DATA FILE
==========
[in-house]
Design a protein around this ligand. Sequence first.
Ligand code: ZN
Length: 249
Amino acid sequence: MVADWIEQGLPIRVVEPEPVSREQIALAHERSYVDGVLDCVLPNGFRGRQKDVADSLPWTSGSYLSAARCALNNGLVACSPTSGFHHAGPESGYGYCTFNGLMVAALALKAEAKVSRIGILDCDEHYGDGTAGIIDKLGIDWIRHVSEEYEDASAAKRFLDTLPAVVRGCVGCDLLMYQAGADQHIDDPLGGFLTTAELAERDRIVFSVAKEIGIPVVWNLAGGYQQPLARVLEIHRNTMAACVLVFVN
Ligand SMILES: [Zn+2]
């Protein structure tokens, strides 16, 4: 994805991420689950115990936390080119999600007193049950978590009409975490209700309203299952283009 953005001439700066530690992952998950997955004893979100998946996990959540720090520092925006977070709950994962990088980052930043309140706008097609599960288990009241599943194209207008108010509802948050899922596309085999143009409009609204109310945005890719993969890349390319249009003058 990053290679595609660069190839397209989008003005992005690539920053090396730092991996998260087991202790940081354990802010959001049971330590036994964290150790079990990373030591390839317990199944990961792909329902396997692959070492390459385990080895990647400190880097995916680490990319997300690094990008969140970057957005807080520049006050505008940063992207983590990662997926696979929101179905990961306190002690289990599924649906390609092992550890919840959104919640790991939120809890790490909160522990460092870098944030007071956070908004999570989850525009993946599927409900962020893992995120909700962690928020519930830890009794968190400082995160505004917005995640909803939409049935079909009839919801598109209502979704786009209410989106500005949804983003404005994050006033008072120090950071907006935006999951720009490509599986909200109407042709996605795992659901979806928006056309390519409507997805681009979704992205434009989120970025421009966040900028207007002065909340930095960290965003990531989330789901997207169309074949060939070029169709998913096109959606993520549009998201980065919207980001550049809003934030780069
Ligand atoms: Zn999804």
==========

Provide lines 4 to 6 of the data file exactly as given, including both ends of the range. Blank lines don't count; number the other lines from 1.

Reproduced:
Length: 249
Amino acid sequence: MVADWIEQGLPIRVVEPEPVSREQIALAHERSYVDGVLDCVLPNGFRGRQKDVADSLPWTSGSYLSAARCALNNGLVACSPTSGFHHAGPESGYGYCTFNGLMVAALALKAEAKVSRIGILDCDEHYGDGTAGIIDKLGIDWIRHVSEEYEDASAAKRFLDTLPAVVRGCVGCDLLMYQAGADQHIDDPLGGFLTTAELAERDRIVFSVAKEIGIPVVWNLAGGYQQPLARVLEIHRNTMAACVLVFVN
Ligand SMILES: [Zn+2]